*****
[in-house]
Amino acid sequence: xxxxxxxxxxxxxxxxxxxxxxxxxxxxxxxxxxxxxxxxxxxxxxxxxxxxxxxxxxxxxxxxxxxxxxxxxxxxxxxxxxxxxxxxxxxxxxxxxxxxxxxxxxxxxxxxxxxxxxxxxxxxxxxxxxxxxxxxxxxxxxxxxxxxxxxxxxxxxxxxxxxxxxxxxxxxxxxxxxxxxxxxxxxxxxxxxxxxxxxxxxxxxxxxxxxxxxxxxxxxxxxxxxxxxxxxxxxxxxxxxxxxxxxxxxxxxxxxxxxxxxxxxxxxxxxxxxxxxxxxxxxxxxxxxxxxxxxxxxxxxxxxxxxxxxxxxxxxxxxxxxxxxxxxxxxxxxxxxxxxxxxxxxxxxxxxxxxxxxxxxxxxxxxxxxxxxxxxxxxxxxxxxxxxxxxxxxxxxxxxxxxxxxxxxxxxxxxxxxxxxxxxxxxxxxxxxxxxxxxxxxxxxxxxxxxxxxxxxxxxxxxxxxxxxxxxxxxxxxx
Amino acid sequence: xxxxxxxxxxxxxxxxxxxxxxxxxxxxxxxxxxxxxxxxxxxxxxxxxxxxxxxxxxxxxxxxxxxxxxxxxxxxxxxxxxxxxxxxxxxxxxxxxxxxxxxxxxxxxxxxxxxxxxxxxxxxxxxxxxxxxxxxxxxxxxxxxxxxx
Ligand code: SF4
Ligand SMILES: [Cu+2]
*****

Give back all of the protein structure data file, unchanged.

[in-house]
Amino acid sequence: xxxxxxxxxxxxxxxxxxxxxxxxxxxxxxxxxxxxxxxxxxxxxxxxxxxxxxxxxxxxxxxxxxxxxxxxxxxxxxxxxxxxxxxxxxxxxxxxxxxxxxxxxxxxxxxxxxxxxxxxxxxxxxxxxxxxxxxxxxxxxxxxxxxxxxxxxxxxxxxxxxxxxxxxxxxxxxxxxxxxxxxxxxxxxxxxxxxxxxxxxxxxxxxxxxxxxxxxxxxxxxxxxxxxxxxxxxxxxxxxxxxxxxxxxxxxxxxxxxxxxxxxxxxxxxxxxxxxxxxxxxxxxxxxxxxxxxxxxxxxxxxxxxxxxxxxxxxxxxxxxxxxxxxxxxxxxxxxxxxxxxxxxxxxxxxxxxxxxxxxxxxxxxxxxxxxxxxxxxxxxxxxxxxxxxxxxxxxxxxxxxxxxxxxxxxxxxxxxxxxxxxxxxxxxxxxxxxxxxxxxxxxxxxxxxxxxxxxxxxxxxxxxxxxxxxxxxxxxxx
Amino acid sequence: xxxxxxxxxxxxxxxxxxxxxxxxxxxxxxxxxxxxxxxxxxxxxxxxxxxxxxxxxxxxxxxxxxxxxxxxxxxxxxxxxxxxxxxxxxxxxxxxxxxxxxxxxxxxxxxxxxxxxxxxxxxxxxxxxxxxxxxxxxxxxxxxxxxxx
Ligand code: SF4
Ligand SMILES: [Cu+2]